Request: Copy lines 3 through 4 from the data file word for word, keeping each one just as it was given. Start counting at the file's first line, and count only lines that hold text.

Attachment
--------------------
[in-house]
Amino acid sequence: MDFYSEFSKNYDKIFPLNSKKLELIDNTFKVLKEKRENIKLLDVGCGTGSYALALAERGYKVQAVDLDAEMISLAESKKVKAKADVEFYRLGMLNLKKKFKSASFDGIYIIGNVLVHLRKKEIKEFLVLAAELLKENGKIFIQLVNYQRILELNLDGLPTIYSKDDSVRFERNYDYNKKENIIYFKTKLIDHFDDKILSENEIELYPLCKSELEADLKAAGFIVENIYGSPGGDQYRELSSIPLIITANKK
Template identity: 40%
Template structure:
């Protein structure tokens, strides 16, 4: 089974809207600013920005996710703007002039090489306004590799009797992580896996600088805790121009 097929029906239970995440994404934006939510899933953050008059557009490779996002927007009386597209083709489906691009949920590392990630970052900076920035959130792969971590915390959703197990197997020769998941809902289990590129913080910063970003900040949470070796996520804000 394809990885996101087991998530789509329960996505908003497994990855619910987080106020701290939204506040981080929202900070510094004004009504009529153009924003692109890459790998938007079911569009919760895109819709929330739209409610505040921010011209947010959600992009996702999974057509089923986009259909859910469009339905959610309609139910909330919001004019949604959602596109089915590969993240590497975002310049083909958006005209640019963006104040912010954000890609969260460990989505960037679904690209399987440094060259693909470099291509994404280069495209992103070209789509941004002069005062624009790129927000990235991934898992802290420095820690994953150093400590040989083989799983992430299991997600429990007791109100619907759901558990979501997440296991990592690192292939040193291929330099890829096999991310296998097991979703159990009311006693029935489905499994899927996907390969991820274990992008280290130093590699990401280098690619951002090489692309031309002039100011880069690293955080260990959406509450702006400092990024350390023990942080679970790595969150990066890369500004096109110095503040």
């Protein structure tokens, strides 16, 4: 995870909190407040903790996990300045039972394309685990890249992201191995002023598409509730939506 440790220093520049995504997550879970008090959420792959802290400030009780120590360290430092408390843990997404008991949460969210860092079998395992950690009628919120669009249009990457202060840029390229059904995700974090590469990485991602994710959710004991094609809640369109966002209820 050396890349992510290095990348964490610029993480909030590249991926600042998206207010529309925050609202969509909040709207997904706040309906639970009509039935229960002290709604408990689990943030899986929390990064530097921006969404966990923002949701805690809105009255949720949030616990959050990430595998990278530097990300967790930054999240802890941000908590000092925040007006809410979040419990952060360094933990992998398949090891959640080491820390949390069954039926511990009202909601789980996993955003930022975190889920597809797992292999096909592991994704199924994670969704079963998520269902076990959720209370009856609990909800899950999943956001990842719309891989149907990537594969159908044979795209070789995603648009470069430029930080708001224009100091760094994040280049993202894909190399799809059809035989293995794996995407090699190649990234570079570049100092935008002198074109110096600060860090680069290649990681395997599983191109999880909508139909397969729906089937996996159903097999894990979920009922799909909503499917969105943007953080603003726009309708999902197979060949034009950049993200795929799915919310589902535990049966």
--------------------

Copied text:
Template identity: 40%
Template structure: